Consumer behaviors and escalating global factors in multiple geographies and legislative bodies are driving growth in electrification. Europe, Asia, and North America are seeing an uptick in sales of EVs as incentives grow and fossil fuel use is discouraged.
In this context, the demand for current sensing technologies is rapidly growing. The current sensor market requires high volumes and cost-effective products.
Leading the world in electrical measurement, LEM is building on its 50 years of knowledge and expertise, and its proficiency in ASIC design to develop a full range of ICS to meet new customer current sensing needs. LEM R&D team is constantly investigating for improvements and technological solutions that allow to make a difference. TMR, Tunnel Magneto Resistance, is one of these promising technologies.
TDK Corporation and LEM announce they have entered into a development agreement of custom TMR (Tunnel Magneto Resistance) dies for next-generation integrated current sensors.
TDK will develop tunnel magnetoresistance (TMR) dies for LEM and LEM will incorporate these TMR dies into integrated current sensors (ICS).
This collaboration will further position TDK’s TMR technology in the automotive and industrial markets, two sectors in which LEM brings deep expertise, especially in booming segments such as energy storage, motor drives, and solar inverters. TDK expects to bolster its market position on magnetic sensors by offering superior products that support existing and upcoming applications in market trends like energy transformation (EX) and digital transformation (DX).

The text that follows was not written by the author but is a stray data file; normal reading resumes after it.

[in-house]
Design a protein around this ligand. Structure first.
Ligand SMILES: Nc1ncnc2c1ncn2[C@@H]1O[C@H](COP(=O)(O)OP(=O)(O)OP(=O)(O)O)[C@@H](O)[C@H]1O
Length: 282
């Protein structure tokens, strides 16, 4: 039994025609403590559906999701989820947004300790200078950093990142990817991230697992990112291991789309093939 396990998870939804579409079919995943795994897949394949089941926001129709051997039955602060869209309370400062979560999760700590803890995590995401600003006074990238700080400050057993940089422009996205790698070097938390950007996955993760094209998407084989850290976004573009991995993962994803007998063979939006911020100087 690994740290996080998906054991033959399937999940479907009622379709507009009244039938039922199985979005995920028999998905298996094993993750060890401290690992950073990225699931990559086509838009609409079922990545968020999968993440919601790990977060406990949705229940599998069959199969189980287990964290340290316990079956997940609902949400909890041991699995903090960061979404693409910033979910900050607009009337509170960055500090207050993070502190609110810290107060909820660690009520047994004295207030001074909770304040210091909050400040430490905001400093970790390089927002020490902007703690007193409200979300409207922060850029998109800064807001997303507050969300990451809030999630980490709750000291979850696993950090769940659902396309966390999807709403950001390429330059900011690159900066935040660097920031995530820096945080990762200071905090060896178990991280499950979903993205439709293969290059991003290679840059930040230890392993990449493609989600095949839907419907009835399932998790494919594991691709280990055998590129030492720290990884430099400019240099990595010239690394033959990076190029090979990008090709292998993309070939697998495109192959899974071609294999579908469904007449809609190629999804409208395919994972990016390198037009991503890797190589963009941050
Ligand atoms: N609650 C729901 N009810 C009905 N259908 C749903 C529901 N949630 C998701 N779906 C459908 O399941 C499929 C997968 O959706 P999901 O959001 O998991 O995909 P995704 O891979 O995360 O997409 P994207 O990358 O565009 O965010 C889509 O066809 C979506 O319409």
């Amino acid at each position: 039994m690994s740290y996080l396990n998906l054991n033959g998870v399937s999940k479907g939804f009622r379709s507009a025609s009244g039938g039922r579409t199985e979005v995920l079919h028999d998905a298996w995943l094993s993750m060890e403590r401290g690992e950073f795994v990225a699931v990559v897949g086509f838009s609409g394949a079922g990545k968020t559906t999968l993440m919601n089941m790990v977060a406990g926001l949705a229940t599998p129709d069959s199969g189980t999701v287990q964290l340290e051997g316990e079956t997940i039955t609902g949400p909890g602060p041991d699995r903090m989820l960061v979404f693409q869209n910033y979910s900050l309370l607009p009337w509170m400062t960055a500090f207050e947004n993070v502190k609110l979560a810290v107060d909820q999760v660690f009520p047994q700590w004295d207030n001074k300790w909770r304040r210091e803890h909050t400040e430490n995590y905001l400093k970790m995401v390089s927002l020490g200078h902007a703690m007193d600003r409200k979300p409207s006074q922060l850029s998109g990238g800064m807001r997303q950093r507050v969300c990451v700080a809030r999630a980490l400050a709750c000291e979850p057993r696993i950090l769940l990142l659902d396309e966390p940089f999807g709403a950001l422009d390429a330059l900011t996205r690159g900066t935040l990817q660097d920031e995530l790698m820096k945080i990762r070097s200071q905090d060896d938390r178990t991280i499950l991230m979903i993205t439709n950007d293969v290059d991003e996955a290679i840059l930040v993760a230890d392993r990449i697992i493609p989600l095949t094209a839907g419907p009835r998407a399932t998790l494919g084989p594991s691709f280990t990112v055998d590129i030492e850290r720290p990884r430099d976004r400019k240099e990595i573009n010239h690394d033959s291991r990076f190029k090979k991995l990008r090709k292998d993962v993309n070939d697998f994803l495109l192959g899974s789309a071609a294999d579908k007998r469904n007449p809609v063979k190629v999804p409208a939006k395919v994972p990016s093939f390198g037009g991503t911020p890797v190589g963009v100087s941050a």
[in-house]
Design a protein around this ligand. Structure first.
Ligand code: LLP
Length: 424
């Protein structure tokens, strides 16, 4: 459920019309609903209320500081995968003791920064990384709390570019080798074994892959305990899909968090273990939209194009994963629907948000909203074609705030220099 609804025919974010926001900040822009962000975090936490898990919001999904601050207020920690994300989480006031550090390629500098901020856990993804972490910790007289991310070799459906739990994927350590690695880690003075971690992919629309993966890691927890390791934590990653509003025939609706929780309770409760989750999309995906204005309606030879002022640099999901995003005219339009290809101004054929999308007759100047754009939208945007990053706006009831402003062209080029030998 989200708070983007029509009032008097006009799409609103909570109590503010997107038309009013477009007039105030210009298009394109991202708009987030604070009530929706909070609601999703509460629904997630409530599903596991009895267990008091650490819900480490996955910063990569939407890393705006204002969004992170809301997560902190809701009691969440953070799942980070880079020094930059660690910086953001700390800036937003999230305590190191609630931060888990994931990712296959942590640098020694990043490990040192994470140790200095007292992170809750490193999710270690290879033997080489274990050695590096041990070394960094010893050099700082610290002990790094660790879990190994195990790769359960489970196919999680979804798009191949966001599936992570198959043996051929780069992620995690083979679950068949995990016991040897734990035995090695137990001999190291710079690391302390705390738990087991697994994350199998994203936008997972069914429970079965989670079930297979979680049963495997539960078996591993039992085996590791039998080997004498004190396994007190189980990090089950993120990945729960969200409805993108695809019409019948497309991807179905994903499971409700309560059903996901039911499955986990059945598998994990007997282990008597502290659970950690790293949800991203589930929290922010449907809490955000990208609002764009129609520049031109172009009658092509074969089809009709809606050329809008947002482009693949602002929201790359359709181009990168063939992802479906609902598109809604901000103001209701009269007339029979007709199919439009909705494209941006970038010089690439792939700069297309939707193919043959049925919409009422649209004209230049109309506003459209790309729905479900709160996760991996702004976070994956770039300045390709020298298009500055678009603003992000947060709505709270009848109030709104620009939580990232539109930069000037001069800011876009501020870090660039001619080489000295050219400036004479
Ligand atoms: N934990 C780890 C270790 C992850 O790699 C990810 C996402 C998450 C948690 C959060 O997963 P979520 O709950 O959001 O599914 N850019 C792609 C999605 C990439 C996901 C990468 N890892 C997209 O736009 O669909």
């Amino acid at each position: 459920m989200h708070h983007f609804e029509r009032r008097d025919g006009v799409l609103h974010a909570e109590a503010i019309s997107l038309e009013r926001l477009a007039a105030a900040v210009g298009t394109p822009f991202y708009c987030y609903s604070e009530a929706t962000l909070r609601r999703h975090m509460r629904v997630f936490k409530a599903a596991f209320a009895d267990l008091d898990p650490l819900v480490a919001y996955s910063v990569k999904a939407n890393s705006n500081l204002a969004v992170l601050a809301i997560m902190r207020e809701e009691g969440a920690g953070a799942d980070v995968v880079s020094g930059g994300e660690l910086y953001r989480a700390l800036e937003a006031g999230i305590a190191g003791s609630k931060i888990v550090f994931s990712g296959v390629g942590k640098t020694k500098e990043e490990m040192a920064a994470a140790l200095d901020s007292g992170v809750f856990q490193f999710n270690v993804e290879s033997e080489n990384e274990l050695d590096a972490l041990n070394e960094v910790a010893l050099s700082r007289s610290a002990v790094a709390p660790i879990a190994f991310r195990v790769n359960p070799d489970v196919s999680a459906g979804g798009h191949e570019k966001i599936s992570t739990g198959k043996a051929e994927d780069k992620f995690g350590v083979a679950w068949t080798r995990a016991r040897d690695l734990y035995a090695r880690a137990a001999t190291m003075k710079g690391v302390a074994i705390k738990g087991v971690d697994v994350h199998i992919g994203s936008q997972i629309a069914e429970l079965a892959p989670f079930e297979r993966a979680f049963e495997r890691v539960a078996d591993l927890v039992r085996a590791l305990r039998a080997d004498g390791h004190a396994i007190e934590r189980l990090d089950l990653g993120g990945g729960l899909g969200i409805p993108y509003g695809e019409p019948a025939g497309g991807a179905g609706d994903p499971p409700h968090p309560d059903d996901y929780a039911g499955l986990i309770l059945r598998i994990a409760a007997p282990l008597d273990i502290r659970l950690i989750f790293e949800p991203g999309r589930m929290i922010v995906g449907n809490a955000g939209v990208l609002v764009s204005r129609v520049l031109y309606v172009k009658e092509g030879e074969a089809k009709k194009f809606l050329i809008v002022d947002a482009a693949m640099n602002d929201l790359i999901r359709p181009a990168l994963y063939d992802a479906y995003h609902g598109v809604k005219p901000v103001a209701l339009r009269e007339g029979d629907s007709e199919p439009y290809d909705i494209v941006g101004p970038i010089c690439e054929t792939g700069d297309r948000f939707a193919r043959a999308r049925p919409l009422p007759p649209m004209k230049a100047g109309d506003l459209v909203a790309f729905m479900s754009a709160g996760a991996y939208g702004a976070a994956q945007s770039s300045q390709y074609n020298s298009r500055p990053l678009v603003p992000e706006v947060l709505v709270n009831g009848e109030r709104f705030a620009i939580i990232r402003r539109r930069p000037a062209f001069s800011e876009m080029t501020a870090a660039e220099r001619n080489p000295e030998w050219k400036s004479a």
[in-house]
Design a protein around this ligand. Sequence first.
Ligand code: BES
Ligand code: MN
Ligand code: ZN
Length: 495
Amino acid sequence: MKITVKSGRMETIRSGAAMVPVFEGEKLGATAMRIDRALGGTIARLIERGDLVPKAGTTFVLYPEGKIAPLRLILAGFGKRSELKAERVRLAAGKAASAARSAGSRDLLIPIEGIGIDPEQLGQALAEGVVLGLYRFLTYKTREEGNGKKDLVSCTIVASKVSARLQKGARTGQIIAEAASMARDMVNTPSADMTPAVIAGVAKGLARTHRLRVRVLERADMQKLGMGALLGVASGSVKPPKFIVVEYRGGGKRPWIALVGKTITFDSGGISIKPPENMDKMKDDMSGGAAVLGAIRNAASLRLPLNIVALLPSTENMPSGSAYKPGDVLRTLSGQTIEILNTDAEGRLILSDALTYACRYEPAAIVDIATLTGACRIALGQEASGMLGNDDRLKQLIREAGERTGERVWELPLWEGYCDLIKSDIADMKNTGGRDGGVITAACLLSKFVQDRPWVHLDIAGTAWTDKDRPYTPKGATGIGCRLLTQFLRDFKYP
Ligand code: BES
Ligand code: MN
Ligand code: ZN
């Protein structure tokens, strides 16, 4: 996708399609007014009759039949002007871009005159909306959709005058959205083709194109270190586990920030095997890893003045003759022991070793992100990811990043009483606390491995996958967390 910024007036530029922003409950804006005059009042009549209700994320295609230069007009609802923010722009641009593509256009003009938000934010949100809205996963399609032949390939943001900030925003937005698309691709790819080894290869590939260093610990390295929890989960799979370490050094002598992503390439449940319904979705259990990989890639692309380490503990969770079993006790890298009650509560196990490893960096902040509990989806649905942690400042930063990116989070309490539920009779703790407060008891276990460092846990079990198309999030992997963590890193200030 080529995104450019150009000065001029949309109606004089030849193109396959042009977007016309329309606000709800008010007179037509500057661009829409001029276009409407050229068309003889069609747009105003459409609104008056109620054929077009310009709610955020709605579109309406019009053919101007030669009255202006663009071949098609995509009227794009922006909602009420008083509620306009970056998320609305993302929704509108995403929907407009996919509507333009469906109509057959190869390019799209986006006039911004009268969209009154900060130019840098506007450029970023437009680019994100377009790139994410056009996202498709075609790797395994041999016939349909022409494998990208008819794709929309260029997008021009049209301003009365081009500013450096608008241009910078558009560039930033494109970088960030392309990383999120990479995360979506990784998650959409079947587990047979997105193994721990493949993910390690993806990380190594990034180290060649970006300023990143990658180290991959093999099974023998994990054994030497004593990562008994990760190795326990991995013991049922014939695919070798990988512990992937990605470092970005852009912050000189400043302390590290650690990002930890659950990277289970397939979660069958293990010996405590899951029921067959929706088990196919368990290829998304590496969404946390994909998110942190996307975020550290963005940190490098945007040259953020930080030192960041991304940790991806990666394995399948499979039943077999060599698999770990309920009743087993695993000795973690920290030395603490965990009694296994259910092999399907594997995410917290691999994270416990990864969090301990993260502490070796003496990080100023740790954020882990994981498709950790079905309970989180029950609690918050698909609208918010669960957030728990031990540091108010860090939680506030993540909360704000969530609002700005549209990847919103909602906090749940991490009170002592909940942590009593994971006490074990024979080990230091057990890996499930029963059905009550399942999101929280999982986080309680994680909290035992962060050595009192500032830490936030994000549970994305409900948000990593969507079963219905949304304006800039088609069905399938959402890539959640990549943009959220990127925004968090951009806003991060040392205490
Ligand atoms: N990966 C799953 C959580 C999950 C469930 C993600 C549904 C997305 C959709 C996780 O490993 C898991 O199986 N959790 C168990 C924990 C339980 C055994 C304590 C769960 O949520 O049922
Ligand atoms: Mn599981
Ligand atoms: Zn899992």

LEM selected TDK as a partner based on its best-in-class technology performance – including accuracy and noise – as well as reliable supply, automotive quality, and process maturity.
TDK and LEM will produce a TMR-based sensor that is faster, more accurate, and with lower noise than existing solutions.
- Electric vehicles
- Onboard chargers
- Autonomous mobility
Main features and benefits
- Reduced noise
- Reduced power consumption
- Increased sensing speed